experience with Southdown? Advise me, please

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experience with Southdown? Advise me, please

Postby Studioksr on Wed Nov 03, 2004 9:01 am

I bought some Southdown sand at Home Depot for my new 75 gallon reef that I am about to set up with a 4" DSB. I have been reading a lot on the net about this sand, and like with everything else, have found contrary opinions on whether to wash this sand, and also whether it is really ok to use.

please share your opinions on:

1. Should I wash/rinse, and why?

2. How long have you had your tank with the Southdown sand, any regrets?

thanks!
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Postby SaltyMad on Wed Nov 03, 2004 4:36 pm

Some people say wash it so you don’t have big sandstorm when you fill the tank but from what I’ve read it’s better not to because it gives you more surface area for the bacteria to grow on. I didn’t wash mine. The best trick I’ve heard to minimize the sandstorm is to add the sand to the tank first and lay a garbage bag on top of the sand and then add the water to about the half way point, remove the bag, add the LR and then top off the tank.
My tank has been up and running for about 7 months, my only regret is two nights ago I repositioned one of my power heads and didn’t reattach it well enough and it fell to the bottom, now that will create one big sandstorm, luckily I caught it right away before things really got ugly.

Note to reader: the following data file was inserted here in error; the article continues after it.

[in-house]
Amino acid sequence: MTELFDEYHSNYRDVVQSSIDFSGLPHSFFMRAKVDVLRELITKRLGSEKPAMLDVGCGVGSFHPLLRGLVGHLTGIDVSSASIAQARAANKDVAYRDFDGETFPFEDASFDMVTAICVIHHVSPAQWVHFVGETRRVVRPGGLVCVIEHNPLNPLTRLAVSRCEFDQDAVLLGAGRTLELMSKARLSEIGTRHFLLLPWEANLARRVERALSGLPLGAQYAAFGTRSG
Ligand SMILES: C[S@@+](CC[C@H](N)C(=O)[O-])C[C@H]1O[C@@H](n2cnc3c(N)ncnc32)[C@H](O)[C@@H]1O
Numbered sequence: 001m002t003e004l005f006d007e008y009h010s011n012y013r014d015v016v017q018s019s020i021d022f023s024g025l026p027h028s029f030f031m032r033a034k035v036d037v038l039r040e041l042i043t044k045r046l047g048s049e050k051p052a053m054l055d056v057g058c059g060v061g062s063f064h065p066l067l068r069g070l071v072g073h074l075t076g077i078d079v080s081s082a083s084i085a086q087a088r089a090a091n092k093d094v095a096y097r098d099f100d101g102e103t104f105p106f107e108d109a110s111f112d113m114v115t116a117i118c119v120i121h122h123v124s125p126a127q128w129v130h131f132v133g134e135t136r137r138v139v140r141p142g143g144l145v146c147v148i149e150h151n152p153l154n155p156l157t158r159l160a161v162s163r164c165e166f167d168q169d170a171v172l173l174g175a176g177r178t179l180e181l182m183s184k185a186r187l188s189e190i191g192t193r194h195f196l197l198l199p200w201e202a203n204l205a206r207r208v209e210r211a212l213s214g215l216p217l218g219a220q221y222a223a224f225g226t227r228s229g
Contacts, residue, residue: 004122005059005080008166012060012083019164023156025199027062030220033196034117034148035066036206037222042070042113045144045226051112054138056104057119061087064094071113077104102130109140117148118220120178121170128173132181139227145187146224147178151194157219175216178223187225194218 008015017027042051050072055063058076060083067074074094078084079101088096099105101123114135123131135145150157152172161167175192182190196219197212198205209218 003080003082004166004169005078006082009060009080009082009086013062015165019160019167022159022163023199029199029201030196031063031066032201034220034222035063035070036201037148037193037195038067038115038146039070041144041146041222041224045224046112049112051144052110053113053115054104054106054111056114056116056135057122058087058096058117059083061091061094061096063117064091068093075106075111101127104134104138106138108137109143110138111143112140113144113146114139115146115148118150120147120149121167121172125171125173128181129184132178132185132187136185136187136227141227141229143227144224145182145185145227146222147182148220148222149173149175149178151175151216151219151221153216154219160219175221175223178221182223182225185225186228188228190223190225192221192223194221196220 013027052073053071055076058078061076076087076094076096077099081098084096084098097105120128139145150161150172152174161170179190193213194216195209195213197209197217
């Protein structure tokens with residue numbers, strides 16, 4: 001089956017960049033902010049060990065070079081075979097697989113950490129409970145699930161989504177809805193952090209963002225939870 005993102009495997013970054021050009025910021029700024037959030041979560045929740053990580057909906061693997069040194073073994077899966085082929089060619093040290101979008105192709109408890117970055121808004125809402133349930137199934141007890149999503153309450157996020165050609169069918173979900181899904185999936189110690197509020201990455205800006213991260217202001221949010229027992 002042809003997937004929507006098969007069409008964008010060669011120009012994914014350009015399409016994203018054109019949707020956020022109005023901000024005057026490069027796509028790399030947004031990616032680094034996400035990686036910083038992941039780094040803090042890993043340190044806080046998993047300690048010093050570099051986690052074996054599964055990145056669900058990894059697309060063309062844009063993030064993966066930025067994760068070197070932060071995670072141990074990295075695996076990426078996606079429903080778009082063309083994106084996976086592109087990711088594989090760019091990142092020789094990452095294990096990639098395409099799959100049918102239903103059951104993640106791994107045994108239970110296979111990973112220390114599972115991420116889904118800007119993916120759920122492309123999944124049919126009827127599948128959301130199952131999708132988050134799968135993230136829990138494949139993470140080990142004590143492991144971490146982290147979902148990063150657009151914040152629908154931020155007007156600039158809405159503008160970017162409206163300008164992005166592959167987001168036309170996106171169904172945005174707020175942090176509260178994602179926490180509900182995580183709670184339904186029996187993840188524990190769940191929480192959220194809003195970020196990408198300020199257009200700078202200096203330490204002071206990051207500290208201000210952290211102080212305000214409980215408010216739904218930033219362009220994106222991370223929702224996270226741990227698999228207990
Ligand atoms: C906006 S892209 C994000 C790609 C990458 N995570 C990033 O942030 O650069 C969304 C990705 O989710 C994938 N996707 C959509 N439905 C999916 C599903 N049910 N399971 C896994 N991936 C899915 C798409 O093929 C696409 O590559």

Did you get the sand in Madison?
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Postby SilverSurfer on Wed Nov 03, 2004 4:42 pm

I use it in one of my FW tanks, you wanna wash it, as you will get a dirty foam on top really bad if you don't. I've had it in there since April, I plan on removing it, I have noticed that a film appears on the glass way more then with other sands i have used, and the black sand brings out the colors of my fish more then the white sand.
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Postby Studioksr on Wed Nov 03, 2004 8:21 pm

I bought it at Home Depot on Verona Road a couple of weeks ago.

How deep is your sand bed?
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Sand Bed (Oh No here we go)